Pennsylvania Law Weekly
Monday, June 24, 2002
Since 1988, Pennsylvania courts have created a confusing and sometimes contradictory body of case law on a basic issue in divorce cases - whether disability payments are, or are not, marital property.
The thicket began to form with Ciliberti u Ciliberti, 542 A.2d 580 (Pa. Super. 1988), when the Superior Court examined case law around the country, and decided that disability income paid in lieu of future lost wages is not marital property. They reasoned that even if the disability payments commenced before the date of separation, disability payments after the date of separation are not marital property, under what is called the "analytic" approach.
However, pension benefits acquired during a marriage are marital property, under Pennsylvania case law and the law of most jurisdictions around the nation.
Thus, in Ciliberti, the Superior Court found that where the pension benefit can be separated from the disability benefit, the pension benefit remains marital property.
"Where it can be shown, however, that a portion of the employee spouse's disability pension is representative of retirement benefits, the amount received by the disabled employee in lieu of retirement benefits remains marital property subject to distribution," the Ciliberti court said.
The majority of courts around the nation have adopted the analytic approach. In general, the periodical Fairshare said in a September 2000 article, "courts utilizing the analytical approach will separate the benefits into a retirement component and a true disability component, with the retirement component being classified as marital property and the disability component being classified as separate property."
Thus, the Ciliberti decision was in keeping with the analytic viewpoint, the majority approach in U.S. jurisdictions.
SEPARATING PENSION FROM DISABILITY PAY
The crucial question that faced lawyers and judges in the wake of Ciliberti is how to separate the pension from the disability.
Suppose an employee commences disability benefits at age 50, well before retirement age. These disability payments are in lieu of lost wages. However, at retirement age, the payments may be considered pension payments. Beginning at retirement age, the payments are not in lieu of wages. If the employee terminated at the time of becoming disabled, there would still be the pension payments.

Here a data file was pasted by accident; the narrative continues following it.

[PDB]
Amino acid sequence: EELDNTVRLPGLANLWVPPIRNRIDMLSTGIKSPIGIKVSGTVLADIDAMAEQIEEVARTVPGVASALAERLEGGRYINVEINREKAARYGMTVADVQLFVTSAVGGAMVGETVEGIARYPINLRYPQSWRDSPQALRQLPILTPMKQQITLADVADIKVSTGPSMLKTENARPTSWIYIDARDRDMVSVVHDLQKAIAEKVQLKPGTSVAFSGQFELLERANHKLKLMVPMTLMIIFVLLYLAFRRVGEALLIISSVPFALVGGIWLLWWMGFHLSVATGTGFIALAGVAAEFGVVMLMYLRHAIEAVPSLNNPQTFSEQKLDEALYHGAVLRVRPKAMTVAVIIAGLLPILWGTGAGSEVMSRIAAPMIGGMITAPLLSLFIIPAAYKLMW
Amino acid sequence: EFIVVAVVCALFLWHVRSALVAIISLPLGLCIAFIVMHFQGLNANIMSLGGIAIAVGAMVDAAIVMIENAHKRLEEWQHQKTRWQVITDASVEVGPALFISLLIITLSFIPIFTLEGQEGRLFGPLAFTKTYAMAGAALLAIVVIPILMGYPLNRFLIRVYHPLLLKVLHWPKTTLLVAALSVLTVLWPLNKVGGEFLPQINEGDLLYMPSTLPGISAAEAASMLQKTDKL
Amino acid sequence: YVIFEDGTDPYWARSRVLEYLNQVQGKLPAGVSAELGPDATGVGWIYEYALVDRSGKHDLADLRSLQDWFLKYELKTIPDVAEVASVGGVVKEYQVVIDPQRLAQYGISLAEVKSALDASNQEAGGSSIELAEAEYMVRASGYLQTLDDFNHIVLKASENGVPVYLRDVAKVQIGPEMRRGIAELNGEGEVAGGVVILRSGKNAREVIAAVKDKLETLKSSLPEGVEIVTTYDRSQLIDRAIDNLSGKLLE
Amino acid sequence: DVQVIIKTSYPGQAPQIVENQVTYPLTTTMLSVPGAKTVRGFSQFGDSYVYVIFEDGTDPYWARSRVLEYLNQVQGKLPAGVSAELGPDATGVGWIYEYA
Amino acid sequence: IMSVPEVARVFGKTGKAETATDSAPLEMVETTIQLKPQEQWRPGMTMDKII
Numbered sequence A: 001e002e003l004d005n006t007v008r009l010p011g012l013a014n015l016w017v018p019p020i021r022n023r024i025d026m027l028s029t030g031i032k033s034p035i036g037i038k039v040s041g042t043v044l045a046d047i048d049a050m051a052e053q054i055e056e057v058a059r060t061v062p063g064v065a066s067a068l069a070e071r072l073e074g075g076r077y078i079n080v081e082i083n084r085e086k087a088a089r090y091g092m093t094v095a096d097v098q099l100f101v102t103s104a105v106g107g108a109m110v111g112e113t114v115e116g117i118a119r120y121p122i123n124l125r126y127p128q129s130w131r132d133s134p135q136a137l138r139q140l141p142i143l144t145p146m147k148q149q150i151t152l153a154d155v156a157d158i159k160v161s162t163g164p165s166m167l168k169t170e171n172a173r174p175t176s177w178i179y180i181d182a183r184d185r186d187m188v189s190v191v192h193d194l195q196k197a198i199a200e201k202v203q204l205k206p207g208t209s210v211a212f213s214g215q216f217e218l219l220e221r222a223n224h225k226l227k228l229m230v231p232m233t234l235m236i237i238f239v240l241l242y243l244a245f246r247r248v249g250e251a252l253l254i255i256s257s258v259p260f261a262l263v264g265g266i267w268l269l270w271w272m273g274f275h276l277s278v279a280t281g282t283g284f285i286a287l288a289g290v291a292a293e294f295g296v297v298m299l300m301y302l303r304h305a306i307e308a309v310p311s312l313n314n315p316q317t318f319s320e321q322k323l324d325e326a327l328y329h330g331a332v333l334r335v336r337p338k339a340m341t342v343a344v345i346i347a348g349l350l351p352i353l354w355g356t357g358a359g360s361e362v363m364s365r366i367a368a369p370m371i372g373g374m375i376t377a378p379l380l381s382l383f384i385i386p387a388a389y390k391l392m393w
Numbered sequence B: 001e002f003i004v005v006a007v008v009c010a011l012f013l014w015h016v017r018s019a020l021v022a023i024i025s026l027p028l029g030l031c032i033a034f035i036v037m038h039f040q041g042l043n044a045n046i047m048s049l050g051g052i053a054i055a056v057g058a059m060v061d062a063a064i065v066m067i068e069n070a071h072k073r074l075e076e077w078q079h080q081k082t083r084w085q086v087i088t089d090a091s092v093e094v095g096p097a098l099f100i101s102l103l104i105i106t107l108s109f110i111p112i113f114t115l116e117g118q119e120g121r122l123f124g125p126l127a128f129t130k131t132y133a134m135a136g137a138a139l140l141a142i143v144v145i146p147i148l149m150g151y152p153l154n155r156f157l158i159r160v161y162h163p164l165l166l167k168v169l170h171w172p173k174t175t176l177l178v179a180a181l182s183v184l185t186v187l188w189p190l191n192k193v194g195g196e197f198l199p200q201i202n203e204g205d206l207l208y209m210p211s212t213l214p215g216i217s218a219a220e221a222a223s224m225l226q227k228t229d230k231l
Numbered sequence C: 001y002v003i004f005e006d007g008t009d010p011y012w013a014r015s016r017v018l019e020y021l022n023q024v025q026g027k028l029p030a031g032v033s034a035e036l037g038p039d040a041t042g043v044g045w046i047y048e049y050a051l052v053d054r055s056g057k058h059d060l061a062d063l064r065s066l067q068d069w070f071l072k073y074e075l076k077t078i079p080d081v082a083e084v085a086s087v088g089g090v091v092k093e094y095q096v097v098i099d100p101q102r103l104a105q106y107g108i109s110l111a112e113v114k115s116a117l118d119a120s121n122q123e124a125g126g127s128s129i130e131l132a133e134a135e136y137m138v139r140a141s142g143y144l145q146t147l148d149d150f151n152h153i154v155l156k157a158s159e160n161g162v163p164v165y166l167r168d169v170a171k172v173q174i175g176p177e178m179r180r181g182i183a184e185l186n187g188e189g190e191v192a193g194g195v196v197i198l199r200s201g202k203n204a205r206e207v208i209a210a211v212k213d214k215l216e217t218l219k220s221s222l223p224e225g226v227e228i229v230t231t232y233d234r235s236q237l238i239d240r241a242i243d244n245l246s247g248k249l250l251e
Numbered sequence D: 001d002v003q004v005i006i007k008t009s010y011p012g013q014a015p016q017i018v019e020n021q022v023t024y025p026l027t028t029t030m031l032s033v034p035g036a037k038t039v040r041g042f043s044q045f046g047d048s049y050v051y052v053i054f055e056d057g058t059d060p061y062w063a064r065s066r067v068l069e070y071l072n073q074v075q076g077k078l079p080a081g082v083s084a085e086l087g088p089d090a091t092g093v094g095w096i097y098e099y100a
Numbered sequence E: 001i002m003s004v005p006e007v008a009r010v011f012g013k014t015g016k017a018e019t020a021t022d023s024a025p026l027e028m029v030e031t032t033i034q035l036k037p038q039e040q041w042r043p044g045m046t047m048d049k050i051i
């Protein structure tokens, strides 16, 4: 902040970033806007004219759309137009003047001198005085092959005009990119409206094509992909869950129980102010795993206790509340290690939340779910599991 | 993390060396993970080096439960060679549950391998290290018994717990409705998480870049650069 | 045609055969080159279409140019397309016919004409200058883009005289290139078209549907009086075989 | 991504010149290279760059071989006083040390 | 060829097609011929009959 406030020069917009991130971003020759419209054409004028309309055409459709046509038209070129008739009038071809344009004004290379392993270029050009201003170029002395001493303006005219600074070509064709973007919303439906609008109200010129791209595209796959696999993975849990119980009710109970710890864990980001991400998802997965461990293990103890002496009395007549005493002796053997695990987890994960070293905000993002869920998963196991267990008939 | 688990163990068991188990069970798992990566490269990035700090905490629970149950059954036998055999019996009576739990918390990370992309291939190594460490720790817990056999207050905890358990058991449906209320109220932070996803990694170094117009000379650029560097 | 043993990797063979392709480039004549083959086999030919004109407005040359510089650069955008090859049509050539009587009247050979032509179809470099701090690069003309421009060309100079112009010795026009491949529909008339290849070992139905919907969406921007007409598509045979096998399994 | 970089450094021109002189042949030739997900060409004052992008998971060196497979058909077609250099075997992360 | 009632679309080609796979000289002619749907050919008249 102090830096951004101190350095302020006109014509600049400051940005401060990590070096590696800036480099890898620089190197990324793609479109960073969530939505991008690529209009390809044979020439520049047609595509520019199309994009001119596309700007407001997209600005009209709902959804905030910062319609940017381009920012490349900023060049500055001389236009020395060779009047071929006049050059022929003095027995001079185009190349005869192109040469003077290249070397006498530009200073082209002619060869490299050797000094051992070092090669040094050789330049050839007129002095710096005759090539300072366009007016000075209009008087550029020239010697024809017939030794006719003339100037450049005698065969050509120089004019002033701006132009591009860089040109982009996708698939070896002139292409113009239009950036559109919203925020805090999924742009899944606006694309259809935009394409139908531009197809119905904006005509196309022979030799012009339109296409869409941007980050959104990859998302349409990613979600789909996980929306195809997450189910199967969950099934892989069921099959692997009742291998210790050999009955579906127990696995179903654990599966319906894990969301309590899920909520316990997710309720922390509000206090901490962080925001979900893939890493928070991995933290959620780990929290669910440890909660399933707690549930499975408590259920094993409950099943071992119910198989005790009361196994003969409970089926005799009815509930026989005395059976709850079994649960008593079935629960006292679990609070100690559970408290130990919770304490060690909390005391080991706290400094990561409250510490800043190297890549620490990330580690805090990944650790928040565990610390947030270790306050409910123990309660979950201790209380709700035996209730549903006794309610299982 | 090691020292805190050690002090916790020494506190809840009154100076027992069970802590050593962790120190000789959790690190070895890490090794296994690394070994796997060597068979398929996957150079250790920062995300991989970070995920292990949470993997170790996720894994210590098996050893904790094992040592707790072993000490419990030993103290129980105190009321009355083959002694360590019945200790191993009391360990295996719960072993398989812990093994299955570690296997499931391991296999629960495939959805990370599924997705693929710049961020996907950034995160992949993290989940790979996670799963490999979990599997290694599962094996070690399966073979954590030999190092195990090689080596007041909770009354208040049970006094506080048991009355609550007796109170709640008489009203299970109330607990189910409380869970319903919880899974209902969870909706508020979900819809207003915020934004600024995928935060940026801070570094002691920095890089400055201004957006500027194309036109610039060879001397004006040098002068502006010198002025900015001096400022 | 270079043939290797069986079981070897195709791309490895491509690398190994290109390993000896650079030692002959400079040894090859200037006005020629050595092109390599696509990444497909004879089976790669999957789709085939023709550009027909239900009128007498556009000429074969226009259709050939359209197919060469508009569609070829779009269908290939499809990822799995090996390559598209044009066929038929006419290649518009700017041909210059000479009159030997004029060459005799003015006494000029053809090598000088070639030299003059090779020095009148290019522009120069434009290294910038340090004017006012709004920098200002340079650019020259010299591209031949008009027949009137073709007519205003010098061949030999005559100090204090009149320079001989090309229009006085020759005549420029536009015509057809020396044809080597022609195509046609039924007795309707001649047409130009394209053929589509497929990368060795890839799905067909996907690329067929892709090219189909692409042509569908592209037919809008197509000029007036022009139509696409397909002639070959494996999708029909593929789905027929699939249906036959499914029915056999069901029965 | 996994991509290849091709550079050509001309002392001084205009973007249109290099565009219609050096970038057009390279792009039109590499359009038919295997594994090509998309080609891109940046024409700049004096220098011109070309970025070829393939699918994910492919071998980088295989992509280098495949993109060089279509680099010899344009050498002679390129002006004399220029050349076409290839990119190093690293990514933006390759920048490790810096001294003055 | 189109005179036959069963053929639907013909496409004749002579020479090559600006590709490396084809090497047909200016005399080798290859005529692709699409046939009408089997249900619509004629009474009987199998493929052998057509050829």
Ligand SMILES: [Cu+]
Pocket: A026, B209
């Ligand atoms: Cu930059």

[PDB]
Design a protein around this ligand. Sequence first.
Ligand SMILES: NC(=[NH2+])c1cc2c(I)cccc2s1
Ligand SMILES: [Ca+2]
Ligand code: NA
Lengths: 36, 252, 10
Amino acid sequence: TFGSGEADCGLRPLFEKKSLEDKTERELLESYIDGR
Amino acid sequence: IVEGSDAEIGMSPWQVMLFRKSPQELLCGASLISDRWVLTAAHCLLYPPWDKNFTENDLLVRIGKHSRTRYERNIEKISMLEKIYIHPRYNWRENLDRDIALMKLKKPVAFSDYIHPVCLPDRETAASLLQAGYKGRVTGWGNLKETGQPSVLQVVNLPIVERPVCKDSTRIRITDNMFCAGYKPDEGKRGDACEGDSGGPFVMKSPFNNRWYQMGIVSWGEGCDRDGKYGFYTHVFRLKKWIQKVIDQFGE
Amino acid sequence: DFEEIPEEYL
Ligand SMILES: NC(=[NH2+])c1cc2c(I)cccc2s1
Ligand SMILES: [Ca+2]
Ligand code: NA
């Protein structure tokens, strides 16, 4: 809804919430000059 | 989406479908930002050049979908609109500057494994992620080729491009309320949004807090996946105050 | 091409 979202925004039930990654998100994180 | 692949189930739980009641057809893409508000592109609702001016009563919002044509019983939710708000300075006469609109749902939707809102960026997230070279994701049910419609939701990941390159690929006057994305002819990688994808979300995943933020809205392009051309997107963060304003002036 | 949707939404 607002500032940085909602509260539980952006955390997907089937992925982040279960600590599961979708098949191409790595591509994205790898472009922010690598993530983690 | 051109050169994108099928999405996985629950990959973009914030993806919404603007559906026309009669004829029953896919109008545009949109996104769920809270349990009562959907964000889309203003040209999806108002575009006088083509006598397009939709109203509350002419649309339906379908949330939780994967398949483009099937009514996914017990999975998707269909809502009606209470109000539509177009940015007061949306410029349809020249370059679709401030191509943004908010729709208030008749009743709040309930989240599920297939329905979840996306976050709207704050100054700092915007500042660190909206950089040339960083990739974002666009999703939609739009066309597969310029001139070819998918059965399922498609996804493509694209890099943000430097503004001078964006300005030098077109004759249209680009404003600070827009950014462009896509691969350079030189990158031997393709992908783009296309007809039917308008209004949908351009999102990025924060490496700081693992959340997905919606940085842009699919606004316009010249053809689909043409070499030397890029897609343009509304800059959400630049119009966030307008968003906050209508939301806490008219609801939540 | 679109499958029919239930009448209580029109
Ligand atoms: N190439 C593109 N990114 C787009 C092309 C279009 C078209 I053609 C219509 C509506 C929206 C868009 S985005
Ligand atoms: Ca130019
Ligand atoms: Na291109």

If the disability payments are a higher amount than the benefit calculated under the pension formula, the additional increment would still be considered disability, but payments beginning at normal retirement age that are calculated under the pension formula are pension payments, since they can be differentiated from disability payments. In fact, the Civil Service Retirement System, in its Handbook for Attorneys on Court-Ordered Retirement, has special language to distinguish disability payments from pension payments.
Thus, the Ciliberti decision reflects the treatment given disability pay in the federal system, as well as the majority position in case law.
Ten years later, in Moore v. Moore, 710 A.2d 633 (Pa. Super. 1998), the Superior Court dealt with disability payments under workers' compensation law. Again, the Superior Court found these payments are non- marital, since they replace future lost wages.
The Moore court dealt with a lump sum payment, rather than annuity payments, as was the case in Ciliberti. The Superior Court found that the "character of a benefit should not be determined by the manner in which it is paid. The benefits in question were paid in lieu of future earnings and, consequently, do not constitute marital property."
REJECTING THE ANALYTIC APPROACH
The state Supreme Court weighed in on the issue in 1999, in Drake v. Drake, 725 A.2d 717 (Pa. 1999).
In Drake, the courts dealt with a lump sum worker's compensation payment. The Drake case originated in Washington County. The master in this case found the commutation award to be marital property because it occurred during the marriage and because part of the lump sum represented wages lost during the marriage (from the date of disability until the date of separation). The lump sum covered payments from 1989 until 1998, and the date of separation was in 1993.